Even on training, I just have to work more than with other dogs on rewarding him (he doesn’t always like food) or in showing him I’m not happy because instead of a “good, well done” or “no, bad boy” I have to do a lot of other things to show him what I feel about that action without hitting. Sometimes the time is not the right one and it is slowing a bit the learning process, but nothing to worry.
I always thought that a deaf dog was a very special dog with very very very special needs (almost autistic), but this experience has been showing me that’s not a rule or necessary true. In my case, it’s almost a joke (even playing with other dogs on the garden, he comes when I call (by signal when he looks at me - and he looks at me frequently) easily than some other dogs. I wouldn’t walk with him on the street without a leash even if he could hear properly, so I don’t have that problem.
I must say that my dog’s deafness is not a problem neither for me, or for my family or friends. Even today I have been in an initial dog’s obedience class with him, and again he acted as a normal ‘stubborn’ dog learning a new position. However, I must say that in spite all good experiences, I also believe that a deaf dog is not recommended for everybody, even with a large experience on dogs as pets due to the communication field (some people just can’t match the real life of a deaf dog with the ideal dog pet life) and social responsibility, for example, (in a fight situation I don’t have any problem to interfere, but not everybody feels comfortable doing it) twice I had to interfere with two dogs that ignored the owner in order to attack my dog. With a deaf dog we can’t expect him to respond to us when not looking at us, even if he just wants to play not fight.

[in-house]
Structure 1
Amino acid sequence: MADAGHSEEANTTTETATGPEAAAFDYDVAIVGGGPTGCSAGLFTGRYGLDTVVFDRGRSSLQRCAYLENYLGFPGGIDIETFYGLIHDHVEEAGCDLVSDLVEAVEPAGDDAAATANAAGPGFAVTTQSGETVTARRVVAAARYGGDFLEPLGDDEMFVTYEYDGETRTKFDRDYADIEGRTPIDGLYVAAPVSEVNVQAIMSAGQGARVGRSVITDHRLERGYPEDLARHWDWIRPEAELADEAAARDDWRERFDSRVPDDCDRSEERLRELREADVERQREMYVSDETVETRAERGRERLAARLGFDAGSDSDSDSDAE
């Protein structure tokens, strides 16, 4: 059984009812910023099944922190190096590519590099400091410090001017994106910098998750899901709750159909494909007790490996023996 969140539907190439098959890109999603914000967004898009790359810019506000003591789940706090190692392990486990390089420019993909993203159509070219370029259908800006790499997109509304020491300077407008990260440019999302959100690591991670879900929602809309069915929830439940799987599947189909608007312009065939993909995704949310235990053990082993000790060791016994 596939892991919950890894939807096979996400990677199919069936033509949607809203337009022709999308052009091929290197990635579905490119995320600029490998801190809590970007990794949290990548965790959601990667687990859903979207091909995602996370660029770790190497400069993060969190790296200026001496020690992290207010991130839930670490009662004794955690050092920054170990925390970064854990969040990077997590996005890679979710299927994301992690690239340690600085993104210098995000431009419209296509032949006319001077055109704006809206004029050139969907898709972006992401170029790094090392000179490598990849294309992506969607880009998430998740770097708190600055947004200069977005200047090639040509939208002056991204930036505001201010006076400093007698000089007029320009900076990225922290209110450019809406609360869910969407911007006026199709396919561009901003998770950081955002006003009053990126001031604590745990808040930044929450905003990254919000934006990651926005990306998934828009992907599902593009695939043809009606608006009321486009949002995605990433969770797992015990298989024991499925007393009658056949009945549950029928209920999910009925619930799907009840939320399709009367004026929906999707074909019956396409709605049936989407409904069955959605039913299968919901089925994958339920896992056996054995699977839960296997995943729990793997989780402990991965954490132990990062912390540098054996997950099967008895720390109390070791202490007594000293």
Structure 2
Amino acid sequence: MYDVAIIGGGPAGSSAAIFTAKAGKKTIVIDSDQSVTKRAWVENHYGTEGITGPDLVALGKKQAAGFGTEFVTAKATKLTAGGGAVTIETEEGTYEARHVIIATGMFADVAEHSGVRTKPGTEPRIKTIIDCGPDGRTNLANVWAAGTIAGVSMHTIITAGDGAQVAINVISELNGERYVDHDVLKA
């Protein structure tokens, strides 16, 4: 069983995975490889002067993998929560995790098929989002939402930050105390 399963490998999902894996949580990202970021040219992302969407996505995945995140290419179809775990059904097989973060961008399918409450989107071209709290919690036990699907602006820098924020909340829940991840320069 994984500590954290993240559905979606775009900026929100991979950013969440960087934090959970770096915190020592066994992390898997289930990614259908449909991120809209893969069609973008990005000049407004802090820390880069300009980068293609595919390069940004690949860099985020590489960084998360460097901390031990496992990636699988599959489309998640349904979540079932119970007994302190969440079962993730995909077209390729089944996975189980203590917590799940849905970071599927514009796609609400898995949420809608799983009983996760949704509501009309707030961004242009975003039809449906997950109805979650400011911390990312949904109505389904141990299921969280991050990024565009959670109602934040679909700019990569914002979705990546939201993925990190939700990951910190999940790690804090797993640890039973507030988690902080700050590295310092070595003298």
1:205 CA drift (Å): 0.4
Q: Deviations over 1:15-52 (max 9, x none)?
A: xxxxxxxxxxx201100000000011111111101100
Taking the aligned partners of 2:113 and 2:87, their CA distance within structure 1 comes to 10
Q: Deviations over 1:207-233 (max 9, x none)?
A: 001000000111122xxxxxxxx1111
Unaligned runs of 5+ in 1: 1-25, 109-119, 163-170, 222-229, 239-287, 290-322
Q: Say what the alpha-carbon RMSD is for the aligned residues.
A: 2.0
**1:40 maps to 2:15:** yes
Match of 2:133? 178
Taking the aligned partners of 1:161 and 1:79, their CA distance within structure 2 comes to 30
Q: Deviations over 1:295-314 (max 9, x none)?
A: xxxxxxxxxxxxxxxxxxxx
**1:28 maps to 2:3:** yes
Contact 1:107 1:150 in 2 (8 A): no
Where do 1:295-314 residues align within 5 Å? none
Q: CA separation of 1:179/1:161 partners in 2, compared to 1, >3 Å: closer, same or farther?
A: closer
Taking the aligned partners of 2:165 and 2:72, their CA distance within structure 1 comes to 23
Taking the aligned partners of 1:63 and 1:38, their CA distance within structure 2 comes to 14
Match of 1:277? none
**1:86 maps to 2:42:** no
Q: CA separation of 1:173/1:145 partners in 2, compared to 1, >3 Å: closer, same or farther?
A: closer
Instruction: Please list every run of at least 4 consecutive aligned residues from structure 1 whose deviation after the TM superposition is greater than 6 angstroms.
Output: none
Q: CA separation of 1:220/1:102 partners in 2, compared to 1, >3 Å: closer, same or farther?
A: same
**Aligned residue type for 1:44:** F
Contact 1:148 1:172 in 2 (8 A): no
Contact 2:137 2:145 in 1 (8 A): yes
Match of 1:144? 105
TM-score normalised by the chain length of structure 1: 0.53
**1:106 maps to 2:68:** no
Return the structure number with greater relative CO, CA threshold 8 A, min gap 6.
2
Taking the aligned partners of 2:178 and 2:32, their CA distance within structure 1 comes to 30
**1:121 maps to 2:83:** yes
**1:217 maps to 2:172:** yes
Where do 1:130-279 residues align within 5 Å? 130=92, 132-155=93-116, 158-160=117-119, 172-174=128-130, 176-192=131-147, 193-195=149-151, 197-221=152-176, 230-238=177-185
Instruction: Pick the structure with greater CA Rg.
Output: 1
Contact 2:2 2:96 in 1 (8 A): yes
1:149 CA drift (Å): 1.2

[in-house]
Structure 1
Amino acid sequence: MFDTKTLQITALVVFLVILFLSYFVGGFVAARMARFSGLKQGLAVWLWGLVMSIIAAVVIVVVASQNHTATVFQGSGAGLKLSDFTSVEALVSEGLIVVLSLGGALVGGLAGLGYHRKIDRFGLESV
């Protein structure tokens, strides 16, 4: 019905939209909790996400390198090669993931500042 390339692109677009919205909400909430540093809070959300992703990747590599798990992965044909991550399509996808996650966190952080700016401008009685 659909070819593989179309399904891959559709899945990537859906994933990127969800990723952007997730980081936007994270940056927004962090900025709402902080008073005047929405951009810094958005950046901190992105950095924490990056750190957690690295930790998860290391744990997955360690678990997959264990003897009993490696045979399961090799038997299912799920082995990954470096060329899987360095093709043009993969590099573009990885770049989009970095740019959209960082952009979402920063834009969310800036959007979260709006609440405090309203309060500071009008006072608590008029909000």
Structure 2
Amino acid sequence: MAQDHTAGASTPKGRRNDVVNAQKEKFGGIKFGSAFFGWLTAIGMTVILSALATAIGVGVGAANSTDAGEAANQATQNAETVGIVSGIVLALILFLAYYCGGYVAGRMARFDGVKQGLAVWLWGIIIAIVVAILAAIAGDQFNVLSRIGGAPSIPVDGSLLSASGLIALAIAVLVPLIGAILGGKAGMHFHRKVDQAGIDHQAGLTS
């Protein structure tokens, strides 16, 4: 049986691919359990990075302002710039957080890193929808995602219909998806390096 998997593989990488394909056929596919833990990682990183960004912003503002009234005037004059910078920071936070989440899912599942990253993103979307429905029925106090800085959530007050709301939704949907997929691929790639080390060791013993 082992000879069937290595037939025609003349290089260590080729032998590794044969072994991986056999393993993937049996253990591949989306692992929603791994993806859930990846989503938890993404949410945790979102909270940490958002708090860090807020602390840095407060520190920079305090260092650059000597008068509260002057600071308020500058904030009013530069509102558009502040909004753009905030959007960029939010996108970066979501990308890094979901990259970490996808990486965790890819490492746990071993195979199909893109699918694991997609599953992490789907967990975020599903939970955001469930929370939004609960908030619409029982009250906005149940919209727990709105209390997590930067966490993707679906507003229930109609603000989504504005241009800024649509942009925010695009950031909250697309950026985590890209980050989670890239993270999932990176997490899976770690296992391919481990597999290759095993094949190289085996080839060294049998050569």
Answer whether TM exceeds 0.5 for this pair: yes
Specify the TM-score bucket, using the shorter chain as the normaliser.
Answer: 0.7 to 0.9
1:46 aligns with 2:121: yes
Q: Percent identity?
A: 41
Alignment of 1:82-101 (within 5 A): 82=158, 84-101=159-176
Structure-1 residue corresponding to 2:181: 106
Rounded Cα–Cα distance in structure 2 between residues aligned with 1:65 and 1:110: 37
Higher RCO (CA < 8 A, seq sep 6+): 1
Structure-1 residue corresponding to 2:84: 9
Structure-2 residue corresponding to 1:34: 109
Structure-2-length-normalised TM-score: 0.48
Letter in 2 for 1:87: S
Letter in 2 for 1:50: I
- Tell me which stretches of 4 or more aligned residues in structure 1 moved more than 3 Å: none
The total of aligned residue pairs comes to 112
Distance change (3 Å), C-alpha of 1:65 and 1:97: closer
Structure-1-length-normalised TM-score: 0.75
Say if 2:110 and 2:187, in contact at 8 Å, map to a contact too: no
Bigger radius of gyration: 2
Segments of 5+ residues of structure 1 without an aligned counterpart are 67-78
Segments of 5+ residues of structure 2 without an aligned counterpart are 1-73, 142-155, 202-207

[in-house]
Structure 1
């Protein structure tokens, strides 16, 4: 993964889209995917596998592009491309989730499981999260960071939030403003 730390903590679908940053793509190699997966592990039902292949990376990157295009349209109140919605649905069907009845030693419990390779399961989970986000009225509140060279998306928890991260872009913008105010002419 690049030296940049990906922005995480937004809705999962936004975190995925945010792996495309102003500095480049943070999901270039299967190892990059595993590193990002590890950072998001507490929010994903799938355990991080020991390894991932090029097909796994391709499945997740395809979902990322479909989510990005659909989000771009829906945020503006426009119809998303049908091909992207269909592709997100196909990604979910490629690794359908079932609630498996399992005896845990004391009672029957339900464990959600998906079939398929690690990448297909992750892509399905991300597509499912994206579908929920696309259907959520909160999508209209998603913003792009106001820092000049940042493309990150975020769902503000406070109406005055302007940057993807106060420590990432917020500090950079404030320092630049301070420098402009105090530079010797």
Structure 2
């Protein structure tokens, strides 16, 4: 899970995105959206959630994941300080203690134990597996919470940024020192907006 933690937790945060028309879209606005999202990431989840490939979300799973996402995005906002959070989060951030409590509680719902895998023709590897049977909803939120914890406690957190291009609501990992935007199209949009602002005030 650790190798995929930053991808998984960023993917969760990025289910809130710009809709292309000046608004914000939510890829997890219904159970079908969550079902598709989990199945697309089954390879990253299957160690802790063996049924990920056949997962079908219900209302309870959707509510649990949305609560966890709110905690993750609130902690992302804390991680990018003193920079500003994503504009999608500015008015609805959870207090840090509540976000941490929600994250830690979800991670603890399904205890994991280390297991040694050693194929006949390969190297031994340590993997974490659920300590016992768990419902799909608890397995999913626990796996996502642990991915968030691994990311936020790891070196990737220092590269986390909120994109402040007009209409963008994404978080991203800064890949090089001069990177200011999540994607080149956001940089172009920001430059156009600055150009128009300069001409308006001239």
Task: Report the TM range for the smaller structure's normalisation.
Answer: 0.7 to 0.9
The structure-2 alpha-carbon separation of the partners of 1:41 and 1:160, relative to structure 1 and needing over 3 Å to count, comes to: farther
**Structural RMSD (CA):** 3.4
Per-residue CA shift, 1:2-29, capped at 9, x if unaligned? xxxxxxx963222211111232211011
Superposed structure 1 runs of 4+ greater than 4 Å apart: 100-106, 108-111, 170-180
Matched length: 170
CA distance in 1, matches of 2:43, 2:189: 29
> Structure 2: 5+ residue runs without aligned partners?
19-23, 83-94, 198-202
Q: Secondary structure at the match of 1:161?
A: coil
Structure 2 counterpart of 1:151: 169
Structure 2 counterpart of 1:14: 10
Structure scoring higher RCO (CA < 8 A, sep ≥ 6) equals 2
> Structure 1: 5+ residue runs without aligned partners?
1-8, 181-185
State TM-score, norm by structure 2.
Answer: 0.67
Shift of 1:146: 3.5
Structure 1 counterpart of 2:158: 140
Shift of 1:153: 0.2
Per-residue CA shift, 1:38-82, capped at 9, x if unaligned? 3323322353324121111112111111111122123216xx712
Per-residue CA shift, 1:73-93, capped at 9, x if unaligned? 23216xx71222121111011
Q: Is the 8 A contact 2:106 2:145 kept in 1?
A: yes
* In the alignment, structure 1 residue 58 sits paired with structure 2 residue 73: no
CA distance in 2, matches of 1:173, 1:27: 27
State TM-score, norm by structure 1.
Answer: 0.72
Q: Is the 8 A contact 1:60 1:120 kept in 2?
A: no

To have a deaf dog also means to have more attention to what surrounds us in order to protect him from all kinds of attacks or problem situations (balls, dogs, cars, adults/children approaching from behind, adults/children approaching when our dog is sleeping near us while we are having lunch in a calm beach restaurant or garden, etc). I never thought that a deaf dog could be so present and interactive has he can be. It is a very good surprise and in a few time, an experience that changed my life.
Sara - Portugal